By Stephen Wright
President Joe Biden’s summit with Pacific island leaders this week is meant to show a deeper U.S. commitment to a region that is increasingly turning to China to meet its development needs, officials and analysts say.
The Sept. 28-29 meetings will be the first-ever Washington summit for leaders of Pacific island nations. But it will need solid outcomes to overcome skepticism that U.S. attention to Pacific island nations is reactive rather than enduring, observers say.
“We’ve seen quite a few attempts from the U.S. recently to speak the language of the Pacific, to demonstrate their commitment to the Pacific. But so far that has been lacking in any significant substance,” Mihai Sora, a Pacific analyst at Australia’s Lowy Institute and a former diplomat in the region, told BenarNews.
Over two decades, China has become an important source of infrastructure, loans and aid for Pacific island nations as it seeks to isolate Taiwan diplomatically and gain regional allies in international organizations such as the United Nations. Remote, prone to natural disasters and lagging in economic development, the Pacific island countries have welcomed China’s assistance as easier to obtain and meeting the needs of their people.
Some analysts say Beijing also hopes to establish a military presence in the Pacific in a challenge to U.S. dominance. Earlier this year it signed a pact with the Solomon Islands that would allow it to send security forces to protect Chinese interests in those islands.
American involvement in the region diminished after the breakup of the Soviet Union, with a reduction in embassies and U.S. development assistance through its Peace Corps agency.
Pacific leaders say their top concern is the climate and they don’t want to be forced to take sides in the U.S.-China rivalry.
Rising sea levels and more extreme weather linked to higher average global temperatures threatens many low-lying Pacific nations. Tuvalu, made up of nine coral islands and home to some 12,000 people, fears it will be submerged this century.
“For us the most important security issue is climate change. It is not China, it is not the U.S., it is about climate change,” said Siaosi Sovaleni, the prime minister of Tonga.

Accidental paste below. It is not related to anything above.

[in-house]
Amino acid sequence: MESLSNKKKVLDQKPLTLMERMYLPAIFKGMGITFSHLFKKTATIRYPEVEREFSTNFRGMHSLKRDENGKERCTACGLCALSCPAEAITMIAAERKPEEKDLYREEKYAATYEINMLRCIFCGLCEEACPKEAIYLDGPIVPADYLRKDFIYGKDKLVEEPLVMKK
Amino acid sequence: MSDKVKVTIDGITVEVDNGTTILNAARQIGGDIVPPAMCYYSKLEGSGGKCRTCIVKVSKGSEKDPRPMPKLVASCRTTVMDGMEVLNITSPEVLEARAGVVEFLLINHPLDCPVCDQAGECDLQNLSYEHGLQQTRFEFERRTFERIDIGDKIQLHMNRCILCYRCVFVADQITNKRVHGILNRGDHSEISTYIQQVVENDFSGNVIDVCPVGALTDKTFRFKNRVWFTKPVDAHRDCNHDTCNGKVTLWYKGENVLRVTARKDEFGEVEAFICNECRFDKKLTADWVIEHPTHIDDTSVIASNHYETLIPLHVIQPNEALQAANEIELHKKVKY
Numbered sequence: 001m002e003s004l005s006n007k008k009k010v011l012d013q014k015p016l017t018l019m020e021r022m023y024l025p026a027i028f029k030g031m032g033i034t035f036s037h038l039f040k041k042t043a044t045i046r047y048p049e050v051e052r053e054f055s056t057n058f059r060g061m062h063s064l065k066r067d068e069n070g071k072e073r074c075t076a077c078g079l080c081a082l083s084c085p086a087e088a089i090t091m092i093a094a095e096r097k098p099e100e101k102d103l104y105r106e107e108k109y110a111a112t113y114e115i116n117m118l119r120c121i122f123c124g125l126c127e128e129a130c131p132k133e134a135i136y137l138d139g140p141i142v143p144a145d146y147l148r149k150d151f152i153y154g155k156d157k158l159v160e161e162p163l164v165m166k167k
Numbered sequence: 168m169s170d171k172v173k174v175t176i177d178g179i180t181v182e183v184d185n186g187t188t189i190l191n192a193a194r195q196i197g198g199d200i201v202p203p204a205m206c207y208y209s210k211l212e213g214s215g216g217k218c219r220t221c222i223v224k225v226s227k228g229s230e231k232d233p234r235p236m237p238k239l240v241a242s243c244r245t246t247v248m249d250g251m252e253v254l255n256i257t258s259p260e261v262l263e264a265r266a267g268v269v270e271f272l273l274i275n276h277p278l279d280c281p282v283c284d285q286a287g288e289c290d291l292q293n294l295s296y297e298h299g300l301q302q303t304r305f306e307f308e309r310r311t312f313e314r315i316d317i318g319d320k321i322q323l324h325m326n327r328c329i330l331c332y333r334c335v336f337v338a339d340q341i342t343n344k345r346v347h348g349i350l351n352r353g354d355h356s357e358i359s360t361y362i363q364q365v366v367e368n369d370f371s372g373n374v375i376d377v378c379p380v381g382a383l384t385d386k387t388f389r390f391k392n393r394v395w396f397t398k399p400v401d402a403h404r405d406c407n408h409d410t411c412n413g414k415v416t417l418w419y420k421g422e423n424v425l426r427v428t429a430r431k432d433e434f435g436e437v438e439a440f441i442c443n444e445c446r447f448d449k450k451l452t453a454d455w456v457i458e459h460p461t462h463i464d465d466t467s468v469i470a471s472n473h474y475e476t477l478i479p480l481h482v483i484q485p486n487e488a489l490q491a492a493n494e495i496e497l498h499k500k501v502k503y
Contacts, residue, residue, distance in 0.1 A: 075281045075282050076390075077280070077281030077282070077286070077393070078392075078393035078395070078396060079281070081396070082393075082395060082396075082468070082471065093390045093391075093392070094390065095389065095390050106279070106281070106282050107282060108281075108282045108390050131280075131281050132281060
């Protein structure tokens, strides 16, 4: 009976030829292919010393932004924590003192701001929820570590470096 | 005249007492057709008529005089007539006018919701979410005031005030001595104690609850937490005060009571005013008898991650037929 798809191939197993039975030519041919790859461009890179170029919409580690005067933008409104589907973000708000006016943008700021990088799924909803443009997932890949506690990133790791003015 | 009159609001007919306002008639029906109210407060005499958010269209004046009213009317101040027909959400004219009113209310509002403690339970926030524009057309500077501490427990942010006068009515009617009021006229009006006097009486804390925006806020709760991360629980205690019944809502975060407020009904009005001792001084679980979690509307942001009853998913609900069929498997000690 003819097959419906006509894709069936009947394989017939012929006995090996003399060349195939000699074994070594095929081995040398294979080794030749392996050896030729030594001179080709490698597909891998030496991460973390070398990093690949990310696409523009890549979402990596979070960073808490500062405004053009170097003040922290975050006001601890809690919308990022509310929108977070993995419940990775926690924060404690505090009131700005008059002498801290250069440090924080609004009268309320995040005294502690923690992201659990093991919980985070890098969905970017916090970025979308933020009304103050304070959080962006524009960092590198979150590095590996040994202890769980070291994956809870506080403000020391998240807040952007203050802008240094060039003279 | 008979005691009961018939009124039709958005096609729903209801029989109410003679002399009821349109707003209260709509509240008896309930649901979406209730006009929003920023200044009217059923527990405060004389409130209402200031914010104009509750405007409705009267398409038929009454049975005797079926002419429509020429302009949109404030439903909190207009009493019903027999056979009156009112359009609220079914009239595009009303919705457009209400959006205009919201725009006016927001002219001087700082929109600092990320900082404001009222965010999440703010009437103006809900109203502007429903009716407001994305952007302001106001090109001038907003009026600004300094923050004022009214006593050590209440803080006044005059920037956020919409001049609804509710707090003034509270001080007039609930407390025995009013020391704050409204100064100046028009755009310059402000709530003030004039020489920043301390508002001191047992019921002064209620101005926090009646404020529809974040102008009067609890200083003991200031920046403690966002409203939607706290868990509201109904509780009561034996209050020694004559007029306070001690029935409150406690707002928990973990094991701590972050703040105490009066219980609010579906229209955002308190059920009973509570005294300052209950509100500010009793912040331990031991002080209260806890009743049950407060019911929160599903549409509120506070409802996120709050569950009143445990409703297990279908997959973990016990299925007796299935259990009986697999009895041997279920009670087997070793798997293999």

“We are facing, on an annual basis, extreme weather events. It used to be once every five years,” he told a conference at the Carnegie Endowment for International Peace in the lead up to the summit.
David Panuelo, president of the Federated States of Micronesia, said he hoped the summit would result in greater Peace Corps involvement in the region – as already promised by the U.S. – a larger contribution to protection of vast Pacific fisheries and more climate finance.
“In order to be considered a success, the U.S.-Pacific Summit must see the return of the U.S. Peace Corps to the FSM and other Pacific Islands,” he said in an email to BenarNews. “The summit must result in additional commitments from the U.S. on helping the Pacific prevent, mitigate and adapt to the effects of climate change.”
U.S. officials are aware they are on the backfoot.
Kurt Campbell, the White House’s Indo-Pacific coordinator, acknowledged that rivalry with China is behind renewed U.S. attention to the Pacific island countries. However, U.S. leaders also recognize the region had been neglected, he said during the same conference at Carnegie.
“In the past we have perhaps paid lesser attention to these critical places than we should have. I think being honest about that is important,” he said.
“This is a region that has been disappointed before. Sometimes expectations get raised, they’re unfulfilled. We understand the bar is high and I think what we’re going to try to do is fulfill those expectations,” Campbell said.
According to Sora, of the Lowy Institute, there are numerous ways for the United States to show a long-term commitment to the Pacific including with new initiatives and scaling up some of its existing but small-scale involvement.
“There’s definitely room for the U.S. to demonstrate in some meaningful way that it’s committed to the region and that it’s committed to the region for the long term,” Sora said by phone.
“A huge vulnerability for the U.S. right now is the regional perception that U.S. interest in the Pacific is only as a reaction to China’s increasing influence and presence.”